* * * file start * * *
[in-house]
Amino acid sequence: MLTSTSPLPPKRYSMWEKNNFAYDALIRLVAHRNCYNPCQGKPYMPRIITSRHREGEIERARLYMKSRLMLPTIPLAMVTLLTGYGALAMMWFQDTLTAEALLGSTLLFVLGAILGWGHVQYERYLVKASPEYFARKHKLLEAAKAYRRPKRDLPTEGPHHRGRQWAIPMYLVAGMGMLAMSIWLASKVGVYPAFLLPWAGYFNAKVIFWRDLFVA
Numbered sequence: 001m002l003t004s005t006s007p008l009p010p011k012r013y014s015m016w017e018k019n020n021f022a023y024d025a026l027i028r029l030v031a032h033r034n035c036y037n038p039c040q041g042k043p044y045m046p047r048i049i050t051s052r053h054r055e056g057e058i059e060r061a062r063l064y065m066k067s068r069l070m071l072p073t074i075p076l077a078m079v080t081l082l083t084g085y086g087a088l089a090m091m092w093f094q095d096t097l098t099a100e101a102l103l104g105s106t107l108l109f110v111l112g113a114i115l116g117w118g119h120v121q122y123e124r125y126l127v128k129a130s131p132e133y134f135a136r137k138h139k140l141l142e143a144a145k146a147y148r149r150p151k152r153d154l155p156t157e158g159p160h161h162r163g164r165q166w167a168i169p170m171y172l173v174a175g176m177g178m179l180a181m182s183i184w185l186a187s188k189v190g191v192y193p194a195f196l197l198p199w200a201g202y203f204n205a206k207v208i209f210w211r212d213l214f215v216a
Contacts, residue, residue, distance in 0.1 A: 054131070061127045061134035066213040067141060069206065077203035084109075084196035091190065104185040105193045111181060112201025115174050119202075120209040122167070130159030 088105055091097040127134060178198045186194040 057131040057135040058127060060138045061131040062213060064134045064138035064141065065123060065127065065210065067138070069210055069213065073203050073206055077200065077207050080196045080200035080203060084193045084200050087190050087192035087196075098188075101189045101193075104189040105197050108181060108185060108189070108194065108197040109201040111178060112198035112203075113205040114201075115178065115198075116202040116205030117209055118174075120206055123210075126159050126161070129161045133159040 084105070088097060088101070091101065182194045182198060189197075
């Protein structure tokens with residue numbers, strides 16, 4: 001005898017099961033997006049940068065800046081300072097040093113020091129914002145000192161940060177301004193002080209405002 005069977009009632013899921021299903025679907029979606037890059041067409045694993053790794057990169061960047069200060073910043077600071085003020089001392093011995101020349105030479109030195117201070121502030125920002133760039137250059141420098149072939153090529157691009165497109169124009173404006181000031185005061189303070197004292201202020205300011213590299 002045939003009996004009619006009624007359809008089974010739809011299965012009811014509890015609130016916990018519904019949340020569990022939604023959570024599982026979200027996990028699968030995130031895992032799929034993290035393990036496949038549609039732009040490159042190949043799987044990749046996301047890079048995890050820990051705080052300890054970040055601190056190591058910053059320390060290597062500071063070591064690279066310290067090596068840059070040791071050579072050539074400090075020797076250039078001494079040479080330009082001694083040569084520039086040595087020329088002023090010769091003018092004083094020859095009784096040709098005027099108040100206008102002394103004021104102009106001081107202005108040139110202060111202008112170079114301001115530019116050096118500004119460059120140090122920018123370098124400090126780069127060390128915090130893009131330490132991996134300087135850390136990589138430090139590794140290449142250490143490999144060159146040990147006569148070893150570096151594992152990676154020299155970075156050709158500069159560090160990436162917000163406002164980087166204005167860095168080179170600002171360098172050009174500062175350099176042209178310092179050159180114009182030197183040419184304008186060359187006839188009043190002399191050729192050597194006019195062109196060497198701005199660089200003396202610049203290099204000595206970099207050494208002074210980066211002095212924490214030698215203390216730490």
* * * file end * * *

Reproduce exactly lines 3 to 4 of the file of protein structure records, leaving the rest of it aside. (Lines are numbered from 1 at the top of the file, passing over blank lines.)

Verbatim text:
Numbered sequence: 001m002l003t004s005t006s007p008l009p010p011k012r013y014s015m016w017e018k019n020n021f022a023y024d025a026l027i028r029l030v031a032h033r034n035c036y037n038p039c040q041g042k043p044y045m046p047r048i049i050t051s052r053h054r055e056g057e058i059e060r061a062r063l064y065m066k067s068r069l070m071l072p073t074i075p076l077a078m079v080t081l082l083t084g085y086g087a088l089a090m091m092w093f094q095d096t097l098t099a100e101a102l103l104g105s106t107l108l109f110v111l112g113a114i115l116g117w118g119h120v121q122y123e124r125y126l127v128k129a130s131p132e133y134f135a136r137k138h139k140l141l142e143a144a145k146a147y148r149r150p151k152r153d154l155p156t157e158g159p160h161h162r163g164r165q166w167a168i169p170m171y172l173v174a175g176m177g178m179l180a181m182s183i184w185l186a187s188k189v190g191v192y193p194a195f196l197l198p199w200a201g202y203f204n205a206k207v208i209f210w211r212d213l214f215v216a
Contacts, residue, residue, distance in 0.1 A: 054131070061127045061134035066213040067141060069206065077203035084109075084196035091190065104185040105193045111181060112201025115174050119202075120209040122167070130159030 088105055091097040127134060178198045186194040 057131040057135040058127060060138045061131040062213060064134045064138035064141065065123060065127065065210065067138070069210055069213065073203050073206055077200065077207050080196045080200035080203060084193045084200050087190050087192035087196075098188075101189045101193075104189040105197050108181060108185060108189070108194065108197040109201040111178060112198035112203075113205040114201075115178065115198075116202040116205030117209055118174075120206055123210075126159050126161070129161045133159040 084105070088097060088101070091101065182194045182198060189197075